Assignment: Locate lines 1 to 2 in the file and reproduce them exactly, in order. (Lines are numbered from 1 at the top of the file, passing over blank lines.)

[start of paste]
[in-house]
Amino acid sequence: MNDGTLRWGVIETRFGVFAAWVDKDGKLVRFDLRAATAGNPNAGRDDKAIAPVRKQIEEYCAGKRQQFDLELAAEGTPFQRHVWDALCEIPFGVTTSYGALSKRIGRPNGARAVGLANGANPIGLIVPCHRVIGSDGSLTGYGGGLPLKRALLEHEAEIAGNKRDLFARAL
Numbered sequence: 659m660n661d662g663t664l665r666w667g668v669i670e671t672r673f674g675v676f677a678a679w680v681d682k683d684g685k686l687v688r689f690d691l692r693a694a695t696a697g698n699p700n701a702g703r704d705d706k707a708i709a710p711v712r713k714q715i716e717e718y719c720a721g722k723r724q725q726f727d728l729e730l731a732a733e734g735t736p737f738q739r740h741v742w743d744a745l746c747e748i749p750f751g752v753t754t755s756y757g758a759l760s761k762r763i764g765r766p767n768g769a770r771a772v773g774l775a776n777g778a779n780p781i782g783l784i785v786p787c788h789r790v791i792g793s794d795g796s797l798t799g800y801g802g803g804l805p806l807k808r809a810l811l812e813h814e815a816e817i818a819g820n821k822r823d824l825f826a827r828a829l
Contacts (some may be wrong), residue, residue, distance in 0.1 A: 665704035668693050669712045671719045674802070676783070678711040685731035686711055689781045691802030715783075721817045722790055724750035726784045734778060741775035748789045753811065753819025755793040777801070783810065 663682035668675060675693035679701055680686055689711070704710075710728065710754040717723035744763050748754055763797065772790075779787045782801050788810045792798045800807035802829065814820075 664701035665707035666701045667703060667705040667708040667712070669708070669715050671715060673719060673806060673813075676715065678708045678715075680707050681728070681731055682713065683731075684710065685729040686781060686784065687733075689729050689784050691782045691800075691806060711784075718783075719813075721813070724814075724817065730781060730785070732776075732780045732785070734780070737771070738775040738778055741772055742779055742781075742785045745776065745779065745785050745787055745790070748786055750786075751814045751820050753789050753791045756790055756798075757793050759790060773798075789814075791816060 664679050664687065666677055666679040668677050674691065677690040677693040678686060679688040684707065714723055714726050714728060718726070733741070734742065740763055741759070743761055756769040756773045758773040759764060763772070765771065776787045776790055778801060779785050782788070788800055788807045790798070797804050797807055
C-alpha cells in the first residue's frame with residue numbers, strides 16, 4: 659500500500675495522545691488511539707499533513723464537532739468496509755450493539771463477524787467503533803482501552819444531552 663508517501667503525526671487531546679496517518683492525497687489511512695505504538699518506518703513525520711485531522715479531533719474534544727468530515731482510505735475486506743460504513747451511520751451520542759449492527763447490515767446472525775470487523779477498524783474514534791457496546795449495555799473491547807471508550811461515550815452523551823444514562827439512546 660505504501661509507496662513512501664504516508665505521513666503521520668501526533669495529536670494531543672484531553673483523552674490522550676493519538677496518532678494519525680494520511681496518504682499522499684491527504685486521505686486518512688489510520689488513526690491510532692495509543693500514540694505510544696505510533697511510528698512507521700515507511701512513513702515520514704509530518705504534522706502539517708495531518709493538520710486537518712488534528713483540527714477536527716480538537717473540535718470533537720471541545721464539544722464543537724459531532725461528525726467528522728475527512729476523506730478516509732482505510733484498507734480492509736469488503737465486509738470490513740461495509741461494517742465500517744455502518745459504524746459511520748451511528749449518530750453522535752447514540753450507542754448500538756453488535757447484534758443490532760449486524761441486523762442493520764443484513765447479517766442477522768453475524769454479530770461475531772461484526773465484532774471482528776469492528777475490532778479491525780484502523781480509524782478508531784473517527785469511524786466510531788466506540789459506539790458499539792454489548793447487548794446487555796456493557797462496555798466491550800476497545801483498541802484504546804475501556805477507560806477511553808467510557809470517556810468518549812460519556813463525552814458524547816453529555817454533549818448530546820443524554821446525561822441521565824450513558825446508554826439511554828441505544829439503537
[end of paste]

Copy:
[in-house]
Amino acid sequence: MNDGTLRWGVIETRFGVFAAWVDKDGKLVRFDLRAATAGNPNAGRDDKAIAPVRKQIEEYCAGKRQQFDLELAAEGTPFQRHVWDALCEIPFGVTTSYGALSKRIGRPNGARAVGLANGANPIGLIVPCHRVIGSDGSLTGYGGGLPLKRALLEHEAEIAGNKRDLFARAL